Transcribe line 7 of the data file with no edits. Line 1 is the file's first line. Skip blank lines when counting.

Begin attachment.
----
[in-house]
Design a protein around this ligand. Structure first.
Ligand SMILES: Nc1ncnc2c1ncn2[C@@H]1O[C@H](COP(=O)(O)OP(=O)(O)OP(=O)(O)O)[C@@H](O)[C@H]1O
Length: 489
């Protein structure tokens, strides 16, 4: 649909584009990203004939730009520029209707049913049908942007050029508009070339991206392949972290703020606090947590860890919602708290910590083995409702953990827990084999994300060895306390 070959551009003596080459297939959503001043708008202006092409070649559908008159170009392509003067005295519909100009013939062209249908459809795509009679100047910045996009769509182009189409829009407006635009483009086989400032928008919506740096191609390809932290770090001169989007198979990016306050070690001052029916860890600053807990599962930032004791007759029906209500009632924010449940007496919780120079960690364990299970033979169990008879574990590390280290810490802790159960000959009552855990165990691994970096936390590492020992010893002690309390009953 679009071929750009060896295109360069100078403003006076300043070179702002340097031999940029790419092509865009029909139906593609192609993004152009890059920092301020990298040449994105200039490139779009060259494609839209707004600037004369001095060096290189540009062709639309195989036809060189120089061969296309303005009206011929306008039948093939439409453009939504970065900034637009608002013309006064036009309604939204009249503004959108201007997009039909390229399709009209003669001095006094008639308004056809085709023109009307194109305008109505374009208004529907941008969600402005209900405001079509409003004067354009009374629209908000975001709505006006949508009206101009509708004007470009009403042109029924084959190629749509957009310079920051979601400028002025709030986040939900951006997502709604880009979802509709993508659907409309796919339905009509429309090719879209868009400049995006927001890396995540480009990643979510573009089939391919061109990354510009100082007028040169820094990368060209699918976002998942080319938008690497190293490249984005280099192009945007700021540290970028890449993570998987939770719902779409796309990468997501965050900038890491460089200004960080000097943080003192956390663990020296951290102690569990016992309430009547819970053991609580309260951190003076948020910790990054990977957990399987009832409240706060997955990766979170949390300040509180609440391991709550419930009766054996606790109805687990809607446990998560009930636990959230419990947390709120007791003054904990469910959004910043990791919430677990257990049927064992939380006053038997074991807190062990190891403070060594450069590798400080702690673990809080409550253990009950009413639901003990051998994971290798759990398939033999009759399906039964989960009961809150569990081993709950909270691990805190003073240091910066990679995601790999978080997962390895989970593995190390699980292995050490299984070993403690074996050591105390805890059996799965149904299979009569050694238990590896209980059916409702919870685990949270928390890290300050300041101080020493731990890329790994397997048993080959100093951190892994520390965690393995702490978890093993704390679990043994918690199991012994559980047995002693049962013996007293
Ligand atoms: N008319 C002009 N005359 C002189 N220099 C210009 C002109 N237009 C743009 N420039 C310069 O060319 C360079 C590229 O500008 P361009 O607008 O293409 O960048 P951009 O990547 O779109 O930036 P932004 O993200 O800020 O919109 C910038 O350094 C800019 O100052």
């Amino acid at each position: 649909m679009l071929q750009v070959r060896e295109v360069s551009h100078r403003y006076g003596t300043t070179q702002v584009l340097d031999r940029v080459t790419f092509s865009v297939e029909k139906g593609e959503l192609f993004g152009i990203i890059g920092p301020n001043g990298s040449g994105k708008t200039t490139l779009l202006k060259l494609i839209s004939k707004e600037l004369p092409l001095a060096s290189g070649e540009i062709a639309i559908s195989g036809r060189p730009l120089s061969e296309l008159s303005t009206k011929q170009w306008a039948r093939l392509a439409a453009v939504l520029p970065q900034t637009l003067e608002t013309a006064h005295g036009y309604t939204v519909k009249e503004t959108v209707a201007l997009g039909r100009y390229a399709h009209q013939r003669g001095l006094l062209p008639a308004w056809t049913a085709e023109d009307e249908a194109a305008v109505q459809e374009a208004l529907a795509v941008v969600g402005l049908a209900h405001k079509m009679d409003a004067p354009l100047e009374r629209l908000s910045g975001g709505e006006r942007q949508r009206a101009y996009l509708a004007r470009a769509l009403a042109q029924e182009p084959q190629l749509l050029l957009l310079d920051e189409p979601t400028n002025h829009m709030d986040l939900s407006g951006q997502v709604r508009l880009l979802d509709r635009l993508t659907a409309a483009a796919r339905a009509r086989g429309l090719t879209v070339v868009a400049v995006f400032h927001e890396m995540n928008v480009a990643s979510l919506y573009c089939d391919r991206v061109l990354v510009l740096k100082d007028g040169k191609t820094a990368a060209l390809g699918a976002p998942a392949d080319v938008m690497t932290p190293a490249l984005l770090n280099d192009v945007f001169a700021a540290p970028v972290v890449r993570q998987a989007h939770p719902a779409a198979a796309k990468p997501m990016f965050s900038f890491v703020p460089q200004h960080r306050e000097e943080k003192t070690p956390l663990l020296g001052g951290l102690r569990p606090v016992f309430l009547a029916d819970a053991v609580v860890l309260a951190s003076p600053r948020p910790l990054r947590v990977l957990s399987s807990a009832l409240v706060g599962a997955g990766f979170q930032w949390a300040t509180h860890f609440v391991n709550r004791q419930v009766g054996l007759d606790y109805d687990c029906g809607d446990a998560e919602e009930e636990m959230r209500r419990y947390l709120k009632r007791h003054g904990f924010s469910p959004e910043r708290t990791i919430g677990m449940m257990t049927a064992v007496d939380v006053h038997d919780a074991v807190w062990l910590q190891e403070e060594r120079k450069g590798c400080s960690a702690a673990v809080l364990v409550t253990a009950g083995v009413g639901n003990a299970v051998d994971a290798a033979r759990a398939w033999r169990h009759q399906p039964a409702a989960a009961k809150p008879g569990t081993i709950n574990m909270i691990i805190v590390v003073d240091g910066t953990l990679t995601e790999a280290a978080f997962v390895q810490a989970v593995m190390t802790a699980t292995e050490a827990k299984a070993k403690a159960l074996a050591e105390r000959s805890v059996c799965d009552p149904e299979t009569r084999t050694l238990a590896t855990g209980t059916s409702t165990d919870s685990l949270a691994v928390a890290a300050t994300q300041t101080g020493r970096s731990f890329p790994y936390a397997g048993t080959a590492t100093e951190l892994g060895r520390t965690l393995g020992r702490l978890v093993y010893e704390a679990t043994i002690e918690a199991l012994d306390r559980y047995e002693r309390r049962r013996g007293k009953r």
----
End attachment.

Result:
């Amino acid at each position: 649909m679009l071929q750009v070959r060896e295109v360069s551009h100078r403003y006076g003596t300043t070179q702002v584009l340097d031999r940029v080459t790419f092509s865009v297939e029909k139906g593609e959503l192609f993004g152009i990203i890059g920092p301020n001043g990298s040449g994105k708008t200039t490139l779009l202006k060259l494609i839209s004939k707004e600037l004369p092409l001095a060096s290189g070649e540009i062709a639309i559908s195989g036809r060189p730009l120089s061969e296309l008159s303005t009206k011929q170009w306008a039948r093939l392509a439409a453009v939504l520029p970065q900034t637009l003067e608002t013309a006064h005295g036009y309604t939204v519909k009249e503004t959108v209707a201007l997009g039909r100009y390229a399709h009209q013939r003669g001095l006094l062209p008639a308004w056809t049913a085709e023109d009307e249908a194109a305008v109505q459809e374009a208004l529907a795509v941008v969600g402005l049908a209900h405001k079509m009679d409003a004067p354009l100047e009374r629209l908000s910045g975001g709505e006006r942007q949508r009206a101009y996009l509708a004007r470009a769509l009403a042109q029924e182009p084959q190629l749509l050029l957009l310079d920051e189409p979601t400028n002025h829009m709030d986040l939900s407006g951006q997502v709604r508009l880009l979802d509709r635009l993508t659907a409309a483009a796919r339905a009509r086989g429309l090719t879209v070339v868009a400049v995006f400032h927001e890396m995540n928008v480009a990643s979510l919506y573009c089939d391919r991206v061109l990354v510009l740096k100082d007028g040169k191609t820094a990368a060209l390809g699918a976002p998942a392949d080319v938008m690497t932290p190293a490249l984005l770090n280099d192009v945007f001169a700021a540290p970028v972290v890449r993570q998987a989007h939770p719902a779409a198979a796309k990468p997501m990016f965050s900038f890491v703020p460089q200004h960080r306050e000097e943080k003192t070690p956390l663990l020296g001052g951290l102690r569990p606090v016992f309430l009547a029916d819970a053991v609580v860890l309260a951190s003076p600053r948020p910790l990054r947590v990977l957990s399987s807990a009832l409240v706060g599962a997955g990766f979170q930032w949390a300040t509180h860890f609440v391991n709550r004791q419930v009766g054996l007759d606790y109805d687990c029906g809607d446990a998560e919602e009930e636990m959230r209500r419990y947390l709120k009632r007791h003054g904990f924010s469910p959004e910043r708290t990791i919430g677990m449940m257990t049927a064992v007496d939380v006053h038997d919780a074991v807190w062990l910590q190891e403070e060594r120079k450069g590798c400080s960690a702690a673990v809080l364990v409550t253990a009950g083995v009413g639901n003990a299970v051998d994971a290798a033979r759990a398939w033999r169990h009759q399906p039964a409702a989960a009961k809150p008879g569990t081993i709950n574990m909270i691990i805190v590390v003073d240091g910066t953990l990679t995601e790999a280290a978080f997962v390895q810490a989970v593995m190390t802790a699980t292995e050490a827990k299984a070993k403690a159960l074996a050591e105390r000959s805890v059996c799965d009552p149904e299979t009569r084999t050694l238990a590896t855990g209980t059916s409702t165990d919870s685990l949270a691994v928390a890290a300050t994300q300041t101080g020493r970096s731990f890329p790994y936390a397997g048993t080959a590492t100093e951190l892994g060895r520390t965690l393995g020992r702490l978890v093993y010893e704390a679990t043994i002690e918690a199991l012994d306390r559980y047995e002693r309390r049962r013996g007293k009953r």